Alan Clay, a former executive at Schwinn, who has failed trying to start his own bicycle business, is now working as a consultant to try to pay his debts and make ends meet. Alan parlays a (tenuous) relationship with King Abdullah of Saudia Arabia's nephew to convince an IT company to send him and a team of young go-getters to the Kingdom to pitch IT for King Abdullah's newest pet project -- a city rising from the desert called King Abdullah Economic City. (This is a real thing.)
But it soon becomes clear that business in Saudi Arabia isn't conducted as it is here in the U.S., and Alan has to wait several weeks for the King (lots of other reviewers have compared this aspect of the story to Beckett's Waiting for Godot, if that helps), passing the time by drinking by himself in his hotel room, having a tryst with a Danish woman, hunting wolves (what?!), and worrying about the lump on his neck he's sure is cancer.
Along the way, we get several little anecdotes about China taking over the world -- and how China's less-than-ethical business practices are pushing it past us stalwart Americans.Read more ›
The novel concerns a man, Alan, who has just lost money in a poor investment, lost his wife in divorce, and is worried about his daughter's future, sure that he cannot pay for her tuition (and that a lump on his neck is actually cancer eating away at his spinal cord). His only hope is to take a job with Reliant, who hope to secure a position with King Abdullah's Economic City, the King's dream that may or may not come to fruition. Everyone in Saudi Arabia doesn't think so. And so, Alan and his team from Reliant are set up in a tent with no WiFi, which is crucial to their presentation, without food, broken air conditioning, and nobody to pitch to. The King hasn't arrived, and is consistently out the country.
It is true that the situation is very much like the one in Samuel Beckett's 'Waiting for Godot.' Waiting for this person who they were told existed, and who would be there soon, but the person does not arrive. It is an existential exercise. However, 'Hologram' is not just 'Godot'. it is an examination of the failure of one man, in both his personal relationships and professional life. It is a novel for our times, a man who is depending on this one last hope, but the hope is all but fleeting.
This novel was very interesting, both stylistically and thematically. While not Eggers' best, or the novel of the generation, it is an enjoyable experience, and one that explores what it is to be human with both hilarity and drama. Recommended.
Let's start with an obvious, but very minor, point to get it out of the way. The "Saudi Arabia" that Eggers writes about is at least 80% a figment of his imagination, almost unrecognizable to those of us, like myself, who have worked in the Kingdom. The very broadest strokes are accurate enough--there is a place on the Red Sea called KAEC, just about all service-industry and construction jobs are done by a (frequently) maltreated class of semi-indentured Asians, people drink a foul-tasting white lightening called siddiqi (by Arabs, that is. Expats universally call it "sid"--one of Eggers telltale little missteps is having a Westerner use the Arabic instead of the expat slang)--but just about every subtler nuance of life in Saudi Arabia that it's possible to get wrong, Eggers gets completely wrong. For those interested, I may eventually list some of the many ways he gets KSA wrong in a footnote in the comment section of this review. For now, I just have to wonder why, when taking such obvious liberties and clearly knowing almost nothing about the culture, Eggers felt the need to set his novel in a real time and place at all. A much wiser generation of novelists (e.g. Naipaul in A Bend in the River or E.Read more ›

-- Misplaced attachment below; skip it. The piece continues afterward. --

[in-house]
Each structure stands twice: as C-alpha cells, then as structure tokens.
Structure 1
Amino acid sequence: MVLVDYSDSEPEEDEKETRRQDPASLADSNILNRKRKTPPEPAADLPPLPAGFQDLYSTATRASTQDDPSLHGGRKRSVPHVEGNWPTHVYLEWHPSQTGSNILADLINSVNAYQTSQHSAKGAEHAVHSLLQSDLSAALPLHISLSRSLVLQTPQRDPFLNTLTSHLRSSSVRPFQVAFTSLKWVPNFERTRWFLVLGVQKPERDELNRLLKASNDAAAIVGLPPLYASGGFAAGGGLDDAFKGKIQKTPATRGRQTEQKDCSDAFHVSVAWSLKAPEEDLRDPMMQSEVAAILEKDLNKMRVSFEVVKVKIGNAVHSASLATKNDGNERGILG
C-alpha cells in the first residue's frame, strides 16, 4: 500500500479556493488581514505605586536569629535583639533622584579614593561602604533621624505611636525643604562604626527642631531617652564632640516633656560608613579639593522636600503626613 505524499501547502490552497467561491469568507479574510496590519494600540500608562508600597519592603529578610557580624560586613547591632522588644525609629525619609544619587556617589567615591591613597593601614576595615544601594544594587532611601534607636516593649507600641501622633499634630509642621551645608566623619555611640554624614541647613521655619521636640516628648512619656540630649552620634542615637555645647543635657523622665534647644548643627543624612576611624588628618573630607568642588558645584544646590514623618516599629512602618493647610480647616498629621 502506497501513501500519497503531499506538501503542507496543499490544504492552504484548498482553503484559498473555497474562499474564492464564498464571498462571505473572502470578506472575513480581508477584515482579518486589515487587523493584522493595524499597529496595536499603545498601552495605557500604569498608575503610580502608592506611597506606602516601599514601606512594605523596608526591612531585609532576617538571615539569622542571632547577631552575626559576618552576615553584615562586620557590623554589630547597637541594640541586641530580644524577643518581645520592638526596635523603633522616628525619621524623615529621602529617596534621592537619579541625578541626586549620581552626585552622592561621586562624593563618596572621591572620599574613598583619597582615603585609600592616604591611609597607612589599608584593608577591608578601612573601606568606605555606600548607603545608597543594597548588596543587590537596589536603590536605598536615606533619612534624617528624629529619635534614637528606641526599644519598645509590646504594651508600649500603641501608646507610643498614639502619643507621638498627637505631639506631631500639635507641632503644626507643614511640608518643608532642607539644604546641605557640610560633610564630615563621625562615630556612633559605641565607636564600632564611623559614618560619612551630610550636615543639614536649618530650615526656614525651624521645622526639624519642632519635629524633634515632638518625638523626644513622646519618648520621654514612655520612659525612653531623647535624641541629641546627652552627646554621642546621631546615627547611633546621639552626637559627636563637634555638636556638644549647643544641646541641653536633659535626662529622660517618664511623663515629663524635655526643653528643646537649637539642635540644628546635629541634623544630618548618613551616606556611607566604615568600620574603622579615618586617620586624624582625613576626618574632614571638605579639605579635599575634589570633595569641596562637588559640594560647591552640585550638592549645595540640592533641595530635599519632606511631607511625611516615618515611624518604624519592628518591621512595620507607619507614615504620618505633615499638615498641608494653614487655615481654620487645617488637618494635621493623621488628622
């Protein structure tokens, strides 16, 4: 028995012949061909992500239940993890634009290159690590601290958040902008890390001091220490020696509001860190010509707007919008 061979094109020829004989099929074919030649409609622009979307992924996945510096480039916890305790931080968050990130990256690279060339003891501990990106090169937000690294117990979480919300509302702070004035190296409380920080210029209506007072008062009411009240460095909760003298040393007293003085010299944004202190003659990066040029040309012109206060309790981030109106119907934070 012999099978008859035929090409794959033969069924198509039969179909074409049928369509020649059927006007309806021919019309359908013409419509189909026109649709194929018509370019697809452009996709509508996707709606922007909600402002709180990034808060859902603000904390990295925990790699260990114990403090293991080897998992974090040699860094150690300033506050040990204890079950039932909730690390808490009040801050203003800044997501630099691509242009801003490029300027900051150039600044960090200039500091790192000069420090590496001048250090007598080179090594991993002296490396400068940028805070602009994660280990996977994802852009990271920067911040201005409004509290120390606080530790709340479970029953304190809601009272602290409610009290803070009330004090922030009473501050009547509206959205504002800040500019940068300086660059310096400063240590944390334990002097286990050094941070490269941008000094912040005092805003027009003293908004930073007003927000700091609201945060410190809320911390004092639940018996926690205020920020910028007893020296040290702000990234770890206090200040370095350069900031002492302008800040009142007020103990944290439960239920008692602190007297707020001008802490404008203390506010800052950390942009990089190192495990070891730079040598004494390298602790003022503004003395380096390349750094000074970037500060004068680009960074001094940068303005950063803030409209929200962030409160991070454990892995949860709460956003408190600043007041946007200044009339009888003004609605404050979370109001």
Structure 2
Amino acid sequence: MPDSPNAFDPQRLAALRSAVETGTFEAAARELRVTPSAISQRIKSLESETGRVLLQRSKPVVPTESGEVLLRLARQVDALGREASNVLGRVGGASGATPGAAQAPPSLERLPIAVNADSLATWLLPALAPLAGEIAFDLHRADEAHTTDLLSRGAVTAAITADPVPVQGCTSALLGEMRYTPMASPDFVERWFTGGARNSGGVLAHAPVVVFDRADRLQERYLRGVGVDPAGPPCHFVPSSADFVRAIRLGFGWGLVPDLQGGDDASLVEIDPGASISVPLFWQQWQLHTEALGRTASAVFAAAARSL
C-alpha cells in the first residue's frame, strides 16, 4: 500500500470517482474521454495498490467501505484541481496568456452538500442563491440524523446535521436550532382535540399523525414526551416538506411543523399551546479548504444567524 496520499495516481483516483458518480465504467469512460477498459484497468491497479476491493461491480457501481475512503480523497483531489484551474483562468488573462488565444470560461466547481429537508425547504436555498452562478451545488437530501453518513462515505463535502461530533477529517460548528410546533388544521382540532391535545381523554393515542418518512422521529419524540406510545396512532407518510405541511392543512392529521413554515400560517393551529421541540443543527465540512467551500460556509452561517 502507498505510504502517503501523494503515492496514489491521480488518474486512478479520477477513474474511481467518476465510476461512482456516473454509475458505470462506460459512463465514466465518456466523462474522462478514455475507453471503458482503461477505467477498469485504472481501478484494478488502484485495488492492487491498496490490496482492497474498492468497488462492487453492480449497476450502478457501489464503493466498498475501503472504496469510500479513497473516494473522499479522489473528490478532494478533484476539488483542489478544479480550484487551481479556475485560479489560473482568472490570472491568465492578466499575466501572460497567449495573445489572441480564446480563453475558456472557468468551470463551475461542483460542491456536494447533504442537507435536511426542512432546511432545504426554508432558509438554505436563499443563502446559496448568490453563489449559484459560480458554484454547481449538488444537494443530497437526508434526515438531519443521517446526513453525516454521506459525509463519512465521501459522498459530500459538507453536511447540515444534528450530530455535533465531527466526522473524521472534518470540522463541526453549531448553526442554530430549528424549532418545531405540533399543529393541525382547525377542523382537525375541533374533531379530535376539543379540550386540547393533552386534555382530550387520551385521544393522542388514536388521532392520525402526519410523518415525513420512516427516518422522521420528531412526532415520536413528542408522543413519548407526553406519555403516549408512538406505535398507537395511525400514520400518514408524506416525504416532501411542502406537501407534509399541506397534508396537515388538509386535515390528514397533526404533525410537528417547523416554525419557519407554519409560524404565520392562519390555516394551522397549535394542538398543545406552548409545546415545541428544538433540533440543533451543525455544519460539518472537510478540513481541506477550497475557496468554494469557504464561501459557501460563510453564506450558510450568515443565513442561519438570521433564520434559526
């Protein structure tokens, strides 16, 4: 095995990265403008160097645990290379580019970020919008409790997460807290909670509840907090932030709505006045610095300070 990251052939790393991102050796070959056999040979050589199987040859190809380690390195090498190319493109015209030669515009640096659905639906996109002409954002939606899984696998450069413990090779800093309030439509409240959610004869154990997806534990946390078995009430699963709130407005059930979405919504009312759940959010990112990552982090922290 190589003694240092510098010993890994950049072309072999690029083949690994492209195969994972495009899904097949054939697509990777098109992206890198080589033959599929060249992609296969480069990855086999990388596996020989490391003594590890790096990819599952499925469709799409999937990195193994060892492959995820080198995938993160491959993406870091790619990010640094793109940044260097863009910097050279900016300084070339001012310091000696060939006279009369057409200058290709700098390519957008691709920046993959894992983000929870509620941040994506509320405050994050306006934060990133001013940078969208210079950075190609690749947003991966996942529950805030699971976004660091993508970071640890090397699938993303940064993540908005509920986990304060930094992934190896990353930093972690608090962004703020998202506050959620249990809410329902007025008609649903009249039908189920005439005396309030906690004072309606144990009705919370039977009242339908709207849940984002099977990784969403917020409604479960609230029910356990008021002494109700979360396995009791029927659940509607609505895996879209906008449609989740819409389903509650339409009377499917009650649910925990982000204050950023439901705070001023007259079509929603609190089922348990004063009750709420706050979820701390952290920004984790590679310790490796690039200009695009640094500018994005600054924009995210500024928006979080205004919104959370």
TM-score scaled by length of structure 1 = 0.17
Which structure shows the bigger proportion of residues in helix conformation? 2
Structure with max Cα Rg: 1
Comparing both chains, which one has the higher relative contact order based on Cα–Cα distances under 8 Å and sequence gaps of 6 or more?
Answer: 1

Most Recent Customer Reviews
There was not much that happened in this book. It was like Ground Hog Day.Published 12 days ago by Amazon Customer
Hard to believe that a guy with such a unique whimsical writing style died the last 40% of the book when there was so much to entertain the reader with. Really to bad...Published 3 months ago by Mike Murphy
Enjoyable read. A different kind of story line, but very well written with good character development.Published 3 months ago by Jim in Midland
I was not impressed with this book. I kept reading hoping that it would get better, but it didn't. I hope that the movie will be better!Published 5 months ago by william neugebauer
A lot happens in this book although not much really happens at all. A terrific and provocative writer with a subtle hand shined a light on the way we westerners look at our role... Read morePublished 6 months ago by william pollak
I really liked Dave Eggers modernization of Arthur Miller's classic, Death of a Salesman. Willy Loman was "lost" as his expectations of his world shattered; he lost his job, his... Read morePublished 6 months ago by Peter R. Whitis
West and Middle East, both cultures face delusions of self-importance. America clings to its dazzling past glories, lone superpower to the world, refusing to acknowledge that the... Read morePublished 7 months ago by Amazon Customer